The invention is more fully illustrated by the following specific examples, in which the percentages stated are by weight and are based upon the total composition including the propellent contained therein.

EXAMPLE 1 The following composition was provided:

Di(methoxy ethoxy ethanol) adipate 2.40 Denatured ethyl alcohol (95%) 68.10 Polawax A-31 4.90 Water 21.90

Isobutane 2.70

This illustrates a low propellent concentrate and the use of a hydrocarbon propellent, with satisfactory results.

EXAMPLE 2 A mixture of lubricants has been used with good results in the following formulation:

EXAMPLE 3 While myristic acid esters per se are not suitable for use in collapsible foams, it has been found that lubricant mixtures containing them in combination with certain diesters have good foam stability and may be adapted for use in the following composition:

Di(methoxy ethoxy ethanol) adipate 4.50 Denatured ethyl alcohol (95 56.10

Polawax A-31 3.60 Isopropyl myristate 0.90 Water 25.40 Difluorodichloro methane 9.50

EXAMPLE 4 In the following satisfactory composition, the lubricant is an ester of a monobasic acid:

Triethylene glycol di(2 ethyl butyrate) 3.60 Denatured ethyl alcohol (95 52.50 Polawax A-31 2.75

Water 31.65 Difiuoro ethane 9.50

EXAMPLE 5 I A somewhat different type of lubricant diester is shown in the following composition:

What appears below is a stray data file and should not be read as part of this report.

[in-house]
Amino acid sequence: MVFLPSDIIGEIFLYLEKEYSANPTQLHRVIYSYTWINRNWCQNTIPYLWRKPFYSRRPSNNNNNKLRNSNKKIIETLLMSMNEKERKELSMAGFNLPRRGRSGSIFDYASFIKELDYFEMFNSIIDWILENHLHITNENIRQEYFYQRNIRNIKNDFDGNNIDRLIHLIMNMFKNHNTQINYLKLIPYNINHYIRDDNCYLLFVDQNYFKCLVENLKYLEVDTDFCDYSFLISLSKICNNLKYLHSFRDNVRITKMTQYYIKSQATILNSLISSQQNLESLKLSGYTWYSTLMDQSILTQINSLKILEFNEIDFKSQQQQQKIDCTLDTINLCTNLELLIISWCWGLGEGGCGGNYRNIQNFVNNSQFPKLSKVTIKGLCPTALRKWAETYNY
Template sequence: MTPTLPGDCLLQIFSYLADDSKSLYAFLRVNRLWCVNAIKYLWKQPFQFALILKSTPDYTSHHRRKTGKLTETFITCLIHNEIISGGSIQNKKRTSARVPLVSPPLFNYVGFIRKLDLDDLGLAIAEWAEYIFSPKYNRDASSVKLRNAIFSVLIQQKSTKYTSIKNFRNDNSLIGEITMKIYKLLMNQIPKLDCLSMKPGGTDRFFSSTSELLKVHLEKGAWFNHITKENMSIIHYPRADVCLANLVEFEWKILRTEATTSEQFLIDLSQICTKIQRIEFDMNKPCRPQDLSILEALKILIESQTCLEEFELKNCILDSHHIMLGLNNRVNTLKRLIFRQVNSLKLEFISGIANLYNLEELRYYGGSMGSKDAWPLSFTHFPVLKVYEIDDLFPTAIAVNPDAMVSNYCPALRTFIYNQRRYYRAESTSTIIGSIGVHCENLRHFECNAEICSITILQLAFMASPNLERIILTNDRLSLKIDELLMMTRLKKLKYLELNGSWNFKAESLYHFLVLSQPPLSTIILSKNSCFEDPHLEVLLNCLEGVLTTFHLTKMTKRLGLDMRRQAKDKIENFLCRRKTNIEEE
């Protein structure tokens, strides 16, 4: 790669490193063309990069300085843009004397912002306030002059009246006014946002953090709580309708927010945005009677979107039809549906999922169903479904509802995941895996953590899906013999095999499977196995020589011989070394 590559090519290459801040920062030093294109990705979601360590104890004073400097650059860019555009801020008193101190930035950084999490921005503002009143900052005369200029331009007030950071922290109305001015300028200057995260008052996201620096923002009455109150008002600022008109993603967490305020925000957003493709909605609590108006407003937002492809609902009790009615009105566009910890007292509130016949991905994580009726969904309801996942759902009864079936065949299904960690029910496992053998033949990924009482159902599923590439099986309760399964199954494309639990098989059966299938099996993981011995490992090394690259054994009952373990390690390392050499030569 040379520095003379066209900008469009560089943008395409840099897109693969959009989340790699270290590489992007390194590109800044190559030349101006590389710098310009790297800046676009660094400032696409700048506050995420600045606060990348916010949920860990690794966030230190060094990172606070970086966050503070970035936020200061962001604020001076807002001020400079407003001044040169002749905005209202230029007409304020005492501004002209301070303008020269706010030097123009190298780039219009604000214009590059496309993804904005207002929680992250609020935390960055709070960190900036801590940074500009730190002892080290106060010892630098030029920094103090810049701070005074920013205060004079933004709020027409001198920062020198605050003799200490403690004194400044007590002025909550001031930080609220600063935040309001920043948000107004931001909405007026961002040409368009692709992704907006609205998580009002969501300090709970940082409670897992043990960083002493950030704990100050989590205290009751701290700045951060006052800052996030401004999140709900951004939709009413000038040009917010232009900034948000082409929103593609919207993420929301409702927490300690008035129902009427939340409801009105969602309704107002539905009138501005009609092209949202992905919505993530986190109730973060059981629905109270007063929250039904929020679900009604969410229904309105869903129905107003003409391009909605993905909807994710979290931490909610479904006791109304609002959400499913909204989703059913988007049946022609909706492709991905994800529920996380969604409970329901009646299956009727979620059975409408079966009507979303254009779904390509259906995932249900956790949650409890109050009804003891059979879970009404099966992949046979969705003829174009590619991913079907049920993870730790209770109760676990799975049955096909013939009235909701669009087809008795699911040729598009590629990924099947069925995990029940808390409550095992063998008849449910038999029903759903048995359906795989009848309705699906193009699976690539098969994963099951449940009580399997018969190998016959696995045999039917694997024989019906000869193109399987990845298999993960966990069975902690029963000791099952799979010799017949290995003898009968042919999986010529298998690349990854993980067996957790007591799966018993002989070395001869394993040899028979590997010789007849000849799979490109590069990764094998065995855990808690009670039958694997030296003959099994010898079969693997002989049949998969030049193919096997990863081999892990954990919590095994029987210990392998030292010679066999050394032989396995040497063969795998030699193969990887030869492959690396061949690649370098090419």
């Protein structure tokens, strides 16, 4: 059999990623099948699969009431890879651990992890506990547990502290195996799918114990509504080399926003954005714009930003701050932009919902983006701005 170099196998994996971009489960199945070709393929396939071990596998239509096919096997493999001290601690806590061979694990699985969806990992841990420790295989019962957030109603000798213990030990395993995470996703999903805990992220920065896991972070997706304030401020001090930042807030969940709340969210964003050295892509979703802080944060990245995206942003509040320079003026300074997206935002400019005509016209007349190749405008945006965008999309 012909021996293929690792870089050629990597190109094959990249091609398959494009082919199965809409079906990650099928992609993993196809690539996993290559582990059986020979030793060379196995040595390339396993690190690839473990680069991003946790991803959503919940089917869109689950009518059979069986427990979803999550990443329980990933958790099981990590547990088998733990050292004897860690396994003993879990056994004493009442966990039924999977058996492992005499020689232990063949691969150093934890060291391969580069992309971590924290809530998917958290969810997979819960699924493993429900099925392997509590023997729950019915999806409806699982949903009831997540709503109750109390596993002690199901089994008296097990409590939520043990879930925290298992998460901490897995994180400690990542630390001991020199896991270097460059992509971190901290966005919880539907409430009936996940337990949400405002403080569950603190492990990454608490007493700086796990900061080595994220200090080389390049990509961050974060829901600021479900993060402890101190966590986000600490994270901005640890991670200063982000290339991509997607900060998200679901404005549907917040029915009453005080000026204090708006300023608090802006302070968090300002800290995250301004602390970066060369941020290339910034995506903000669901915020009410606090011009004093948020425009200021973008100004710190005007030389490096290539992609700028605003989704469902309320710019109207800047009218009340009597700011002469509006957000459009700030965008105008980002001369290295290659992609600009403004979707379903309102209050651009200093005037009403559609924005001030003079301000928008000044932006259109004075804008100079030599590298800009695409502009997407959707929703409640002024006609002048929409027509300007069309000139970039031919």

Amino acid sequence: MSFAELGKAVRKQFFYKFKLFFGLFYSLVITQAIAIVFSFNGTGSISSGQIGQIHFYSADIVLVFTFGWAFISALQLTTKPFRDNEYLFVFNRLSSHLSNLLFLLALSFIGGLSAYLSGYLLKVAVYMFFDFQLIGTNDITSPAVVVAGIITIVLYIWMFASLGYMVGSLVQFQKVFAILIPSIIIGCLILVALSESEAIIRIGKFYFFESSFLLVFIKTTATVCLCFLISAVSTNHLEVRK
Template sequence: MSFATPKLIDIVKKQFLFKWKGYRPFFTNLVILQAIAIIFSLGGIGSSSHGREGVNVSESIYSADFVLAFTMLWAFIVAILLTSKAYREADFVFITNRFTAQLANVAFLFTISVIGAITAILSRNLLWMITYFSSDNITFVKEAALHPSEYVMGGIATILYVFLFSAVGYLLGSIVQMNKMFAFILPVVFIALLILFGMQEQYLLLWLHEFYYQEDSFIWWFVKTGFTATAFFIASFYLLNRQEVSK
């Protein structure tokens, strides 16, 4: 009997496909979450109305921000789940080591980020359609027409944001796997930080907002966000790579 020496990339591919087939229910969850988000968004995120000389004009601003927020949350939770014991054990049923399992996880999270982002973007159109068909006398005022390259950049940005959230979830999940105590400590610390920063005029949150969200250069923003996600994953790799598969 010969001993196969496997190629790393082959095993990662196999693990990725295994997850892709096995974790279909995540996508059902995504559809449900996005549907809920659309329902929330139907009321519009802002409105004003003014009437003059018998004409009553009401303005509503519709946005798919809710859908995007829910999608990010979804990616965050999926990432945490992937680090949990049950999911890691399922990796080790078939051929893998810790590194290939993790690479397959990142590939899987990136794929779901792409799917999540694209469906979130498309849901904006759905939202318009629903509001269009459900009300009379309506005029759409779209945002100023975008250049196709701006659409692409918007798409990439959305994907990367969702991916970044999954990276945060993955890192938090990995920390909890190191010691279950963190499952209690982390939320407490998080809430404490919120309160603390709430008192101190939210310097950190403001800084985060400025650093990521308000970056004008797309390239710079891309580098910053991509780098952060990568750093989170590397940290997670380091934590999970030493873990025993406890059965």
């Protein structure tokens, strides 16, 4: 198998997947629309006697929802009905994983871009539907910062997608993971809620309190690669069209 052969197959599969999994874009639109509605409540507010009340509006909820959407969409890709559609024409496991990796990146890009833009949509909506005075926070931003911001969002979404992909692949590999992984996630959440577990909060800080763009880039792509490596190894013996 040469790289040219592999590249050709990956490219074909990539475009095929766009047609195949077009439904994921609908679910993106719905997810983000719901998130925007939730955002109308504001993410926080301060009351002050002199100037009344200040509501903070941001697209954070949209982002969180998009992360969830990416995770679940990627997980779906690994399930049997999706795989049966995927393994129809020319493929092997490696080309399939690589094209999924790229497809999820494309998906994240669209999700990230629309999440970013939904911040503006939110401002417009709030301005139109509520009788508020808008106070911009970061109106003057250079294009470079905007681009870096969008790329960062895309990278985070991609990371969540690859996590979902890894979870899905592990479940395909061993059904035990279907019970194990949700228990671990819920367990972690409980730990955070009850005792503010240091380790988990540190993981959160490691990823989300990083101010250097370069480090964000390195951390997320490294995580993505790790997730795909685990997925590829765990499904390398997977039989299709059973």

Propylene carbonate 3.60 Denatured ethyl alcohol (95 52.50 Polawax A-31 2.75

Water 31.65 Difluorodichloro methane 9.50

6 EXAMPLE 6 In some cases it is desirable to provide a composition which develops low pressure so that it may be used in unprotected glass bottles, of which the following formation is illustrative:

Di(isopropyl) adipate 3.05 Denatured ethyl alcohol 44.47

Polyethylene glycol (200 mol. wt.) 8.70 Polyethylene glycol (5.5 moles ETO) cetyl stearyl ether 1.85 Cetyl alcohol 1.20 Polyvinyl pyrrolidonc/vinyl alcohol copolymer 0.43 Water 27.30

Trichloromonofluoro methane 4.35 Monochlorodifiuoro ethane 8.65

It has the important advantages of exceptional low temperature, clarity and compatibility.

EXAMPLES 7 and 8 In the following examples, a different type of surfactant is used in combination with diisopropyl adipate, producing a composition which is very stable at very low temperatures.